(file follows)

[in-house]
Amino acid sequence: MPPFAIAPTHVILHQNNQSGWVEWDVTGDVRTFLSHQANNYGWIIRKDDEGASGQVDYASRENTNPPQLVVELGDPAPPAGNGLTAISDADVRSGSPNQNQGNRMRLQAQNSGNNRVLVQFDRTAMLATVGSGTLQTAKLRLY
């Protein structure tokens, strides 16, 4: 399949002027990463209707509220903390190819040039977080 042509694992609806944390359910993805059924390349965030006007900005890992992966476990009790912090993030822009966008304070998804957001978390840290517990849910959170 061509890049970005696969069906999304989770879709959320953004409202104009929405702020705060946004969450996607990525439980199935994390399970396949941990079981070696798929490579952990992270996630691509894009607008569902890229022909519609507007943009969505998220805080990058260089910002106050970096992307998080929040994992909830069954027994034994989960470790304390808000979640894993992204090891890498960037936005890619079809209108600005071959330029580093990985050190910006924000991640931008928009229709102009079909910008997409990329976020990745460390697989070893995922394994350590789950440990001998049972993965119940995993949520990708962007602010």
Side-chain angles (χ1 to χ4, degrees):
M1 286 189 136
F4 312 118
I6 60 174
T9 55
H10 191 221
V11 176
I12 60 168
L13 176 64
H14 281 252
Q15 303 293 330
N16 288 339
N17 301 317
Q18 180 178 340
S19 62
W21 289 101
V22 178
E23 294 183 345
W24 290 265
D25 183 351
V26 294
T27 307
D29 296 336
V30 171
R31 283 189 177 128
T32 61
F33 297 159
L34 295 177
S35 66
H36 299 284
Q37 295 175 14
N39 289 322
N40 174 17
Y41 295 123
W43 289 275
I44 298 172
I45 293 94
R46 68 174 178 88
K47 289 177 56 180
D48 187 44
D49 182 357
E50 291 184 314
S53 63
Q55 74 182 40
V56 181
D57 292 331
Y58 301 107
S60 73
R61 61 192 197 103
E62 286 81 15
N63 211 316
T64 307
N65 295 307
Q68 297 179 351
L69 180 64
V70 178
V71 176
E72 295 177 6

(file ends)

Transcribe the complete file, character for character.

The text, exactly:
[in-house]
Amino acid sequence: MPPFAIAPTHVILHQNNQSGWVEWDVTGDVRTFLSHQANNYGWIIRKDDEGASGQVDYASRENTNPPQLVVELGDPAPPAGNGLTAISDADVRSGSPNQNQGNRMRLQAQNSGNNRVLVQFDRTAMLATVGSGTLQTAKLRLY
């Protein structure tokens, strides 16, 4: 399949002027990463209707509220903390190819040039977080 042509694992609806944390359910993805059924390349965030006007900005890992992966476990009790912090993030822009966008304070998804957001978390840290517990849910959170 061509890049970005696969069906999304989770879709959320953004409202104009929405702020705060946004969450996607990525439980199935994390399970396949941990079981070696798929490579952990992270996630691509894009607008569902890229022909519609507007943009969505998220805080990058260089910002106050970096992307998080929040994992909830069954027994034994989960470790304390808000979640894993992204090891890498960037936005890619079809209108600005071959330029580093990985050190910006924000991640931008928009229709102009079909910008997409990329976020990745460390697989070893995922394994350590789950440990001998049972993965119940995993949520990708962007602010």
Side-chain angles (χ1 to χ4, degrees):
M1 286 189 136
F4 312 118
I6 60 174
T9 55
H10 191 221
V11 176
I12 60 168
L13 176 64
H14 281 252
Q15 303 293 330
N16 288 339
N17 301 317
Q18 180 178 340
S19 62
W21 289 101
V22 178
E23 294 183 345
W24 290 265
D25 183 351
V26 294
T27 307
D29 296 336
V30 171
R31 283 189 177 128
T32 61
F33 297 159
L34 295 177
S35 66
H36 299 284
Q37 295 175 14
N39 289 322
N40 174 17
Y41 295 123
W43 289 275
I44 298 172
I45 293 94
R46 68 174 178 88
K47 289 177 56 180
D48 187 44
D49 182 357
E50 291 184 314
S53 63
Q55 74 182 40
V56 181
D57 292 331
Y58 301 107
S60 73
R61 61 192 197 103
E62 286 81 15
N63 211 316
T64 307
N65 295 307
Q68 297 179 351
L69 180 64
V70 178
V71 176
E72 295 177 6